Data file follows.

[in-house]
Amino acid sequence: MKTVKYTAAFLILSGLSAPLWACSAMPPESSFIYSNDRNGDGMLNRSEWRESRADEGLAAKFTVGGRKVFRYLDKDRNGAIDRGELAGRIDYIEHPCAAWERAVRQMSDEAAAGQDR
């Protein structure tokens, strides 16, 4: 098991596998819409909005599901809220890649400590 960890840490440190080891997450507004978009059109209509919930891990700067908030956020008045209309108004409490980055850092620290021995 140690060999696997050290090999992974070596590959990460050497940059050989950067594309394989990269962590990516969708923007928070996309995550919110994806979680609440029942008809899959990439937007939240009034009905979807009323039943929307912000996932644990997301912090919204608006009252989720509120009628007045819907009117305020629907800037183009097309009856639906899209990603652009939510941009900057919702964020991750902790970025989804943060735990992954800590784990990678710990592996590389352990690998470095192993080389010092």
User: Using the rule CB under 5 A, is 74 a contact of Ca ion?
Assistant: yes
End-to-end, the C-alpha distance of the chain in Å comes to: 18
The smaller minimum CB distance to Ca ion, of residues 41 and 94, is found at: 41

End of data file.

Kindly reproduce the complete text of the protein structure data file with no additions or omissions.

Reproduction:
[in-house]
Amino acid sequence: MKTVKYTAAFLILSGLSAPLWACSAMPPESSFIYSNDRNGDGMLNRSEWRESRADEGLAAKFTVGGRKVFRYLDKDRNGAIDRGELAGRIDYIEHPCAAWERAVRQMSDEAAAGQDR
């Protein structure tokens, strides 16, 4: 098991596998819409909005599901809220890649400590 960890840490440190080891997450507004978009059109209509919930891990700067908030956020008045209309108004409490980055850092620290021995 140690060999696997050290090999992974070596590959990460050497940059050989950067594309394989990269962590990516969708923007928070996309995550919110994806979680609440029942008809899959990439937007939240009034009905979807009323039943929307912000996932644990997301912090919204608006009252989720509120009628007045819907009117305020629907800037183009097309009856639906899209990603652009939510941009900057919702964020991750902790970025989804943060735990992954800590784990990678710990592996590389352990690998470095192993080389010092």
User: Using the rule CB under 5 A, is 74 a contact of Ca ion?
Assistant: yes
End-to-end, the C-alpha distance of the chain in Å comes to: 18
The smaller minimum CB distance to Ca ion, of residues 41 and 94, is found at: 41